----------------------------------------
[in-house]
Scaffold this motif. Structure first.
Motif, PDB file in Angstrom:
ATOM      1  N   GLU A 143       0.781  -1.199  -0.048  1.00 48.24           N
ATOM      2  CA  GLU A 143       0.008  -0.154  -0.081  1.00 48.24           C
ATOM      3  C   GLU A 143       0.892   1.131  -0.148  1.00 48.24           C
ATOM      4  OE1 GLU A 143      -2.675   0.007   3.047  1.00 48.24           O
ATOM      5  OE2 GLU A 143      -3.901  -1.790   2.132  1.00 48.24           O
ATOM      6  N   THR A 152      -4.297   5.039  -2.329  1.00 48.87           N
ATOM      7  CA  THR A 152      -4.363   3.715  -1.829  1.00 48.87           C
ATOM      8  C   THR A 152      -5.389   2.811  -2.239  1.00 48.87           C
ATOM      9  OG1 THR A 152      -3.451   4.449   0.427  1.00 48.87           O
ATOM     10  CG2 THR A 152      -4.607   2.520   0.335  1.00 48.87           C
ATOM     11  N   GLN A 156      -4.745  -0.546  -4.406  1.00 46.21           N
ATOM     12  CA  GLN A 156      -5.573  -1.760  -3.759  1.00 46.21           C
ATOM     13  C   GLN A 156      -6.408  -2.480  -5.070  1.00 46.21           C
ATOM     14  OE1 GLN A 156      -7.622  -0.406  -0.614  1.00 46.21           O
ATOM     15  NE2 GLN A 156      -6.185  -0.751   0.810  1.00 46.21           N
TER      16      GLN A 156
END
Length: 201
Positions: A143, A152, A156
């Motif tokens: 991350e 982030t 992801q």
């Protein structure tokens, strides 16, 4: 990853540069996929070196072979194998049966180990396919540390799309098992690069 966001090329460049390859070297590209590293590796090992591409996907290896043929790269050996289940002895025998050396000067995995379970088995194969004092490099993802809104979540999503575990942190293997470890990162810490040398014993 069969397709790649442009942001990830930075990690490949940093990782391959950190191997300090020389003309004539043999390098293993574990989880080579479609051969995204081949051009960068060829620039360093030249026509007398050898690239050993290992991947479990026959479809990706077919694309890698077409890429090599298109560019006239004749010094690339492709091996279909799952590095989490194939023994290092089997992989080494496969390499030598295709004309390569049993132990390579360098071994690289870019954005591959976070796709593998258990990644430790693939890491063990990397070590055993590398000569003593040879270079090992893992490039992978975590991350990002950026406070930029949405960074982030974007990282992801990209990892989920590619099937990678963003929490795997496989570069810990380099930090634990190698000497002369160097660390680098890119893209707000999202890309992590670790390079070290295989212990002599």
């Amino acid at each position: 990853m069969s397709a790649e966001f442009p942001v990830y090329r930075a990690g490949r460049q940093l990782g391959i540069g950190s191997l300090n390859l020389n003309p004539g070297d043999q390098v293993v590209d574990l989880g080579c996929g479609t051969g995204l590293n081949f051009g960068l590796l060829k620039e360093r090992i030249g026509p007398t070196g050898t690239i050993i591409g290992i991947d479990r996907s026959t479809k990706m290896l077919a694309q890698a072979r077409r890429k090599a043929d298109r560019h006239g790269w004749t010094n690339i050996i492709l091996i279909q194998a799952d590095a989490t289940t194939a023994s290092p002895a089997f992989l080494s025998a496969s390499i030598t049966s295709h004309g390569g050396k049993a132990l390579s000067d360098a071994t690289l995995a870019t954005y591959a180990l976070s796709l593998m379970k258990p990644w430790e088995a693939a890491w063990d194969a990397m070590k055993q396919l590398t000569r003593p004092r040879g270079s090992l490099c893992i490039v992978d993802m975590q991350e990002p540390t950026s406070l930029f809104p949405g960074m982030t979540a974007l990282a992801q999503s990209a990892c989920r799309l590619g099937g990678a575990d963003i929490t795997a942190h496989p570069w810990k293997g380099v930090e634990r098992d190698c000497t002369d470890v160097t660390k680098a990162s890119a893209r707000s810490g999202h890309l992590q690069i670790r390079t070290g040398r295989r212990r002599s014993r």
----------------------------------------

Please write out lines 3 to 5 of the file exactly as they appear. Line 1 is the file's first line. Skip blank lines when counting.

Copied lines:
Motif, PDB file in Angstrom:
ATOM      1  N   GLU A 143       0.781  -1.199  -0.048  1.00 48.24           N
ATOM      2  CA  GLU A 143       0.008  -0.154  -0.081  1.00 48.24           C